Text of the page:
The schools have reopened, full work schedules have begun, and the leaves are displaying their glory before sinking to earth.

St Francis constantly said: "Let us begin again!"


The beginning of Autumn can be a moment to pause, review our lives with a gentle gaze and recognise what choices, what possibilities lie before us. 

Sarah Ban Breathnach writes in Simple Abundance:


 "It seems to me that January resolutions are about will; September resolutions are about authentic wants.... The beauty of autumnal resolutions is that no one else knows we're making them. Autumnal resolutions don't require singing, confetti and champagne. September resolutions ask only that we open to positive change."

As the year moves on, the days slip by, what positive change can I make?

Friday, 9 September 2011

Remembering September 11th - Francis shows us the Way

Friar Mychal Judge, Fire Department Chaplain, dies at the Twin Towers
As the world marks the tenth anniversary of September 11th, I share with you a reflection from American friar, Frank Jasper.

9/11/2001: Twenty friars gathered around Friar Gene Mayer’s six-inch television at Cenacle Retreat House in Chicago. We were trying to comprehend the tragedy that was playing out before our eyes. We were shocked and stunned, as was everyone in our country. That night Chicago was eerily quiet as I viewed the skyscrapers that I was so familiar with from my time there. I prayed for the victims, tried to imagine the extent of the devastation and wondered what would happen next.

St. Francis calls us to be peacemakers. But how can we take that stance in the face of such hatred, death and destruction? How can we hate the senseless tragedy without letting our reactions spill over to all Muslims? Francis showed us the way by crossing the enemy lines and meeting face-to-face with Sultan al-Malik al-Kamil. He forged a respectful relationship to avoid the violence of the Fifth Crusade. They parted with reverence for each other.

We are called to cross what some consider “enemy lines” to forge relationships with our brothers and sisters of the Islamic faith who acknowledge Abraham and Jesus as great prophets and Mary as a very special woman. We can avoid the stereotyping of Muslims as terrorists when we see they have the same dreams and desires as we have. We avoid violence by focusing on relationships, understanding and diplomacy.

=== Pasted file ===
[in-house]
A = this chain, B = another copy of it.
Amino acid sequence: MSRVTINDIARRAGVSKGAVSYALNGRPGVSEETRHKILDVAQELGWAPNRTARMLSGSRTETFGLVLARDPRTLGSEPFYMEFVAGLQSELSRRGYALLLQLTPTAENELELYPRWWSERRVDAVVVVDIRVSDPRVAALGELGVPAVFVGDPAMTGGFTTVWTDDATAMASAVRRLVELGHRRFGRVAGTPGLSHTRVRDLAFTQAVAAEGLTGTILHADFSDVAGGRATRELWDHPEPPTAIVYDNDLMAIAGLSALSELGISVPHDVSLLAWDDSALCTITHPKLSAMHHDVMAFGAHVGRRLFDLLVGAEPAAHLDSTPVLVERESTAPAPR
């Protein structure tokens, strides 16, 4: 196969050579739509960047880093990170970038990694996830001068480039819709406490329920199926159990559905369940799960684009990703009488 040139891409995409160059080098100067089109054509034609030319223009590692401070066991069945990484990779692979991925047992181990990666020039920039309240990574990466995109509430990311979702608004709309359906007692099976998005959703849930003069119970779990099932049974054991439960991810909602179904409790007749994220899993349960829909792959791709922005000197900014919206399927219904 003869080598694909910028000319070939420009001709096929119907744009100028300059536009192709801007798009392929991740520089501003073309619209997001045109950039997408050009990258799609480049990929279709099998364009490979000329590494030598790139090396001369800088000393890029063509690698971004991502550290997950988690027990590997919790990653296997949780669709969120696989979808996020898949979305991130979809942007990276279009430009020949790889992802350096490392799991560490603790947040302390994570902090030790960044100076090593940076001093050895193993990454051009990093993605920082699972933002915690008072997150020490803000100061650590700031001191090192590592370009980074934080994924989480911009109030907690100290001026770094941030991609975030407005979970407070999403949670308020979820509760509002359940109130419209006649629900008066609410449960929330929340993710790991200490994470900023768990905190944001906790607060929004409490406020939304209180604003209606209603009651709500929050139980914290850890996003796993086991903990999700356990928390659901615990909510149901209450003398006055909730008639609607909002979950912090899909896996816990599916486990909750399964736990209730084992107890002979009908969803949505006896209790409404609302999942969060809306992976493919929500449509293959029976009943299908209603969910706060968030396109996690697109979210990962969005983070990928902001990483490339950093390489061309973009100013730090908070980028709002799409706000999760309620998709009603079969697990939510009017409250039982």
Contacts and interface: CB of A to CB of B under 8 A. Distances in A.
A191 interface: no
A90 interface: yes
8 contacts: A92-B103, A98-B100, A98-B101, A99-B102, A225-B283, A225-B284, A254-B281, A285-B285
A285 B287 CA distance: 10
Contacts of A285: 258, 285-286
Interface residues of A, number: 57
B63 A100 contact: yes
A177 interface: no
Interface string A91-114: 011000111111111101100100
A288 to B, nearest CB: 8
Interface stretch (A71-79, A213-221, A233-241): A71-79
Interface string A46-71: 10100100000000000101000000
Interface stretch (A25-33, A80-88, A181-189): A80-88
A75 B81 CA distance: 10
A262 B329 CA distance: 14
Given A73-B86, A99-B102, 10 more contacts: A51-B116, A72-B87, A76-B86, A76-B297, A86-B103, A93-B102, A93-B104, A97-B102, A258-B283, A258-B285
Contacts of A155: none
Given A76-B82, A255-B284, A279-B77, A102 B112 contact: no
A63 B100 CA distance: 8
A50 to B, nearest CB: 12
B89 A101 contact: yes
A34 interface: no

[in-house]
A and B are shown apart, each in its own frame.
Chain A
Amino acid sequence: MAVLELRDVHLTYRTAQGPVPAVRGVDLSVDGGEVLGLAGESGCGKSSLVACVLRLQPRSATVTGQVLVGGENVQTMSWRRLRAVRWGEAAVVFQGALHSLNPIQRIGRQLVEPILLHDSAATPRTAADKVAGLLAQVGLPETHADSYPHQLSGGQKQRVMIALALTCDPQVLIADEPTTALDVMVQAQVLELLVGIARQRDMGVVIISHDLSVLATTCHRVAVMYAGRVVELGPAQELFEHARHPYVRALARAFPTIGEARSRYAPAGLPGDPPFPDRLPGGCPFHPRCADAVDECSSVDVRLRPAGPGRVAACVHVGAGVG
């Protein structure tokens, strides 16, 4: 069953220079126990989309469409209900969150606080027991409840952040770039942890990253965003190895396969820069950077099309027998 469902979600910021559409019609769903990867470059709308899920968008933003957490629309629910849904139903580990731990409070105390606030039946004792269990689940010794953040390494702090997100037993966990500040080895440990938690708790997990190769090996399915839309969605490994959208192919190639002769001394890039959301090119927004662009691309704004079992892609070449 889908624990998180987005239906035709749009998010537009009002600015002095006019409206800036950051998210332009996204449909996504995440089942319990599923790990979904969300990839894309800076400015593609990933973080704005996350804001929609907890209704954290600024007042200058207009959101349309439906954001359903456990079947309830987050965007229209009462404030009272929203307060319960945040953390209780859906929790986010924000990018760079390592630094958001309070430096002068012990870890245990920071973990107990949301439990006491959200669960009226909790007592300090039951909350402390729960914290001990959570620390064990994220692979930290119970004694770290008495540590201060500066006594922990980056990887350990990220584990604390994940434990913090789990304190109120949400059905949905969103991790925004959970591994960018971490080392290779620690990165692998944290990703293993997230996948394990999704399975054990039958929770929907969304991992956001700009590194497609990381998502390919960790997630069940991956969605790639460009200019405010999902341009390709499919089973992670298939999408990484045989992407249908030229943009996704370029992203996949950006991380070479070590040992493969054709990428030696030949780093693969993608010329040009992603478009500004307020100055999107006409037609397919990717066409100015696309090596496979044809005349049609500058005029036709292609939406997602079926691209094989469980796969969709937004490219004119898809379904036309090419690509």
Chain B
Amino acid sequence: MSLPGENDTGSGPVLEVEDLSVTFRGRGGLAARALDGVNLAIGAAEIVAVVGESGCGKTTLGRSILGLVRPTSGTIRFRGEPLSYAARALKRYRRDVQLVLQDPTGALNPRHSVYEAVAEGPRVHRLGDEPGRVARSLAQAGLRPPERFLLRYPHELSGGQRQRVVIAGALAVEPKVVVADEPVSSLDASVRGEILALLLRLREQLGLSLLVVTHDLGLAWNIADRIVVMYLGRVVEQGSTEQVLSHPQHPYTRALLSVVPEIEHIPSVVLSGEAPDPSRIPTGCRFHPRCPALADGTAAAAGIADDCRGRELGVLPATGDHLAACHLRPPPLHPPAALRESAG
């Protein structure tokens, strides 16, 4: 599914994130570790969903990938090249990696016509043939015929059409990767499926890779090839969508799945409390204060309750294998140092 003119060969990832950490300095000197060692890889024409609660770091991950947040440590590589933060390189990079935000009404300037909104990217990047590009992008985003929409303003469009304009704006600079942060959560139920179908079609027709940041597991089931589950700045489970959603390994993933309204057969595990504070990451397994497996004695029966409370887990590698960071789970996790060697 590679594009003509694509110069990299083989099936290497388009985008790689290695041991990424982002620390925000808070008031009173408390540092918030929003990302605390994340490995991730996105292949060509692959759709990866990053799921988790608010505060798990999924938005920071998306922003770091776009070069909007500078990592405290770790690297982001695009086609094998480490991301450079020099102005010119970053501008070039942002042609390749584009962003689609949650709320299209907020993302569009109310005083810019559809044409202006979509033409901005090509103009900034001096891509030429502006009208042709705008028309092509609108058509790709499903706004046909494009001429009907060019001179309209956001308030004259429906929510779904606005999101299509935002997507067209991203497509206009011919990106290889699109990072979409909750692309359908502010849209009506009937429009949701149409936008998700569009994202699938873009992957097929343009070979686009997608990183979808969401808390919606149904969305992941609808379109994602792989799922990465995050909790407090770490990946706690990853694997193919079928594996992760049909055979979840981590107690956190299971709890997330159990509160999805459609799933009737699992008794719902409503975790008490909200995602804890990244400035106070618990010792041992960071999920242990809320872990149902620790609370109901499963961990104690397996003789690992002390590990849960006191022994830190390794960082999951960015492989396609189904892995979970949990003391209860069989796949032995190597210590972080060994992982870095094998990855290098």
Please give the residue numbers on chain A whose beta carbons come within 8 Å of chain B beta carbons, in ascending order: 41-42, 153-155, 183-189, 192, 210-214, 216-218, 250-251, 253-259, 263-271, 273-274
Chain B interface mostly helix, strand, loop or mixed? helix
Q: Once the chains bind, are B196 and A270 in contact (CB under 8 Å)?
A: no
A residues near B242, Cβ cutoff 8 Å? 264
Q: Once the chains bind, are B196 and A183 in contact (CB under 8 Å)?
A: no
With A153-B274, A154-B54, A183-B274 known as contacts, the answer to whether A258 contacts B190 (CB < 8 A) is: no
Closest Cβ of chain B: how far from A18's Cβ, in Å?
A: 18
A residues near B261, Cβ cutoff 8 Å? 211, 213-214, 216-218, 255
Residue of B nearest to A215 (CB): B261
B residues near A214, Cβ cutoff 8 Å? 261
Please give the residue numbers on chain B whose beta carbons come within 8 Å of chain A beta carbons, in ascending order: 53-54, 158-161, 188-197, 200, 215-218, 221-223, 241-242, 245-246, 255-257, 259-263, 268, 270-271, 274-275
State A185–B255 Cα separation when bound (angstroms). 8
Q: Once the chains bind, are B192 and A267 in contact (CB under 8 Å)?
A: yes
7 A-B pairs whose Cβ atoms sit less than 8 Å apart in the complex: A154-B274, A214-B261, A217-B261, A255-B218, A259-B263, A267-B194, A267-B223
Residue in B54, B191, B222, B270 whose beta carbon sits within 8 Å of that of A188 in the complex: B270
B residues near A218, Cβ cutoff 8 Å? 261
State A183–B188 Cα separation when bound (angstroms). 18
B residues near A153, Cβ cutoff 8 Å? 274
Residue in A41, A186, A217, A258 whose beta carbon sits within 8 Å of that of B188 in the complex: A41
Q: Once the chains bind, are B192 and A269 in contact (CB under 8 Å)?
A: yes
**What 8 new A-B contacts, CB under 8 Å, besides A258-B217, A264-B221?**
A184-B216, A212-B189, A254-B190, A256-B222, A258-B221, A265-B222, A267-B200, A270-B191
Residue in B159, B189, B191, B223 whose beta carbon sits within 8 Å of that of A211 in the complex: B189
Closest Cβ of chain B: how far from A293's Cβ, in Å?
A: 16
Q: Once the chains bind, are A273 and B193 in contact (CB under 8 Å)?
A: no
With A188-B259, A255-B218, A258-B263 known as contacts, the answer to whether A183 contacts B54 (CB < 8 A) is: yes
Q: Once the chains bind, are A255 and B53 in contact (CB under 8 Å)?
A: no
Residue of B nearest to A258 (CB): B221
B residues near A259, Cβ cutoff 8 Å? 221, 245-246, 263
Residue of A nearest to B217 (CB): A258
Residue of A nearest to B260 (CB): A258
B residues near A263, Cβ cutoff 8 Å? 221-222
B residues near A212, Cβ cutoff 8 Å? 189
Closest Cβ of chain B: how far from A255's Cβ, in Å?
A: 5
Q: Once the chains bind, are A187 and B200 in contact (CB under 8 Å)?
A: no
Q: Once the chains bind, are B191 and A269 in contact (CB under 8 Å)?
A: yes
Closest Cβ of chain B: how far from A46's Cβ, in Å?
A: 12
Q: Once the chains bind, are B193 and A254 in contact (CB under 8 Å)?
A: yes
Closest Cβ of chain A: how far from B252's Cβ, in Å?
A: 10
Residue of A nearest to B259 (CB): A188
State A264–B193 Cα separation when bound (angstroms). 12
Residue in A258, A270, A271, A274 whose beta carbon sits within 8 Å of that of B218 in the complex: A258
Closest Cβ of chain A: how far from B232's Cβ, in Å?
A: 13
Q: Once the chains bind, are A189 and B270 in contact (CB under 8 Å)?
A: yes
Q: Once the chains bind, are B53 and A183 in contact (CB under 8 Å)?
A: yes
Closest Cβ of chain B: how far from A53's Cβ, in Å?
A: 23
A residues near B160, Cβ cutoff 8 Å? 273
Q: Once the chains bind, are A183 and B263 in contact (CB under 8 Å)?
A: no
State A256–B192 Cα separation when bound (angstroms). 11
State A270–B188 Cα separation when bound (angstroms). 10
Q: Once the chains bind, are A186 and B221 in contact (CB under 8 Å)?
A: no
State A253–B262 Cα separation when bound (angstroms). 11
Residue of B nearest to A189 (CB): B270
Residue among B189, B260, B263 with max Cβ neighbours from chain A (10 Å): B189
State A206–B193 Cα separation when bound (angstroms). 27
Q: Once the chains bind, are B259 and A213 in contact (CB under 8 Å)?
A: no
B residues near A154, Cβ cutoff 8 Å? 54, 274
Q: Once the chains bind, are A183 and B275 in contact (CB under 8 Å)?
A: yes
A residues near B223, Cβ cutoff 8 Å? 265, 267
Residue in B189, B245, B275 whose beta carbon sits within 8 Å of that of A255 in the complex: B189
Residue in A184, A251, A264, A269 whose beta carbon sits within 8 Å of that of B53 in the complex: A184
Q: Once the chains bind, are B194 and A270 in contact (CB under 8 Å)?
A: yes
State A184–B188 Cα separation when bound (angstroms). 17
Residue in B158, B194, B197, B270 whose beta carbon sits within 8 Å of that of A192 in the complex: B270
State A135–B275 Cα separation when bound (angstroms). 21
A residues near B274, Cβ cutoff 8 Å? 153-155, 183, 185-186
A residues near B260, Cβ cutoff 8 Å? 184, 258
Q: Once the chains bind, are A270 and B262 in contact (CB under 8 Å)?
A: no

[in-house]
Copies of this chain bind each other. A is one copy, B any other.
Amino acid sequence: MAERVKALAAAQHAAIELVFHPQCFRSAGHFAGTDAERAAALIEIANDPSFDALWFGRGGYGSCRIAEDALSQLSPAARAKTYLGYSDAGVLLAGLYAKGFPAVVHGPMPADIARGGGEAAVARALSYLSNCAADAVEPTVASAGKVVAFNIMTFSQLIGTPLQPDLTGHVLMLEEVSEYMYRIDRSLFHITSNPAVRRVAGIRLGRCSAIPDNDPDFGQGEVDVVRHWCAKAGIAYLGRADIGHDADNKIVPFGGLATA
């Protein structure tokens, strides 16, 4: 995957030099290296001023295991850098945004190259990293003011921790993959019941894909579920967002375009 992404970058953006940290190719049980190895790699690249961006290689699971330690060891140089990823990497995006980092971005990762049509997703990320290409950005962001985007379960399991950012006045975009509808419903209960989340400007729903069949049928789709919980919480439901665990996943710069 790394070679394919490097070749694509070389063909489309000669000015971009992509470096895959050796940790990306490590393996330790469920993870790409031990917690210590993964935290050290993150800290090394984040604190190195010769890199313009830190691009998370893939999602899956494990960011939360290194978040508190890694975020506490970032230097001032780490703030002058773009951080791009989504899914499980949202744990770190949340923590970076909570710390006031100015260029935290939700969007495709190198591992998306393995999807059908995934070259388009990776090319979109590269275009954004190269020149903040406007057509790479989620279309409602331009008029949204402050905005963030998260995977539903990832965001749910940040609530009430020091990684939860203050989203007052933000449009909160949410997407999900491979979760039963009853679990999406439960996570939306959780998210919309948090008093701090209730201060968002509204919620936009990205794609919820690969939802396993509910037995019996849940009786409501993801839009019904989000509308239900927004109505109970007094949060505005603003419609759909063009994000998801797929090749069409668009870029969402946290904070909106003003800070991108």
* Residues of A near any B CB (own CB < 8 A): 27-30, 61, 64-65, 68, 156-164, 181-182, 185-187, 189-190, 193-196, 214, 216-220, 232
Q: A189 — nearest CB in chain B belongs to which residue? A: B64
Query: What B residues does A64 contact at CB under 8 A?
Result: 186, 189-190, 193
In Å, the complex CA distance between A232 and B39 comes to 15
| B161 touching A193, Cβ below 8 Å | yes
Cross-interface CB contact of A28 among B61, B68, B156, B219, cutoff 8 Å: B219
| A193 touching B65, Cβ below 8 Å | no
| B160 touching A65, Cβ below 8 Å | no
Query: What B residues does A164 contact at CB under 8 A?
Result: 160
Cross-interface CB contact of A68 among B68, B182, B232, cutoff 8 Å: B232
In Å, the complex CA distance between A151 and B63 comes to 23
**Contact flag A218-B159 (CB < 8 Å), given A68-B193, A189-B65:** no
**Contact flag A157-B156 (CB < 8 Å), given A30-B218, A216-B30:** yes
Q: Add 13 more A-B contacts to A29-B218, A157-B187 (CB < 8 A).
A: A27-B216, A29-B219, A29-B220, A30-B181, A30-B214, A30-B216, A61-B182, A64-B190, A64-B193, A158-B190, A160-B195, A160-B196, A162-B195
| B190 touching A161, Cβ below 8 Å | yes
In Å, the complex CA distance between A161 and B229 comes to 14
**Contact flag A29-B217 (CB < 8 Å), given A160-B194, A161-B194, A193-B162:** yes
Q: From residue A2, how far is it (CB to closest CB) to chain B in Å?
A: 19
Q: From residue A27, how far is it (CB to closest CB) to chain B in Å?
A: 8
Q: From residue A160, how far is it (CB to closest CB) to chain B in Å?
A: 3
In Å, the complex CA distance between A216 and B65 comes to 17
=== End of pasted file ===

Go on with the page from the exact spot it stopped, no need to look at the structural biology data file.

As we observe the 10th anniversary of the tragedies of 9/11 in New York, Washington and Pennsylvania, we pray along with St. Francis, “Lord, make me an instrument of your peace.”

Saturday, 3 September 2011

The Right Questions are Keys

Asking the right questions is a basic element of the spiritual journey. Questions can be keys that open doors to our deepest truths and desires.

Though-provoking questions help me look honestly at the unknown and unresolved dimensions of my life now.

Jesus asked questions: What are you looking for?  Who do you say I am? Will you also go away?

In different ways St Francis constantly encouraged his followers to ask themselves what fills, guides, and governs my heart now?

Here are some of the questions that have helped me live life at a deeper level:

Given that spiritual growth is intentional, requiring energy and choice - am I will to pay the price for this growth?

What do I need to surrender in trust to God at this time?

What is keeping me from falling in love with my life now?

At this stage in my life what is it too late for, too soon for, just the right time for?

The right questions are keys that allow the secret doors to swing open leading to a deeper self-knowlege, to clearer insight into what n0w is hindering or helping me on the path of discipleship.

Monday, 29 August 2011

Trust in Suffering

More and more I am seeing in my own life that the troubles I experience can deepen me and draw me closer to the Lord in trust.

The Franciscan Richard Rohr has defined faith as “the security to be insecure”.

Insecure in not knowing how things are going to turn out.
Insecure at times in situations beyond my abilities.
Insecure in my experience of my own sinfulness and weakness.

Yet, in all this,  secure in God’s everlasting faithfulness.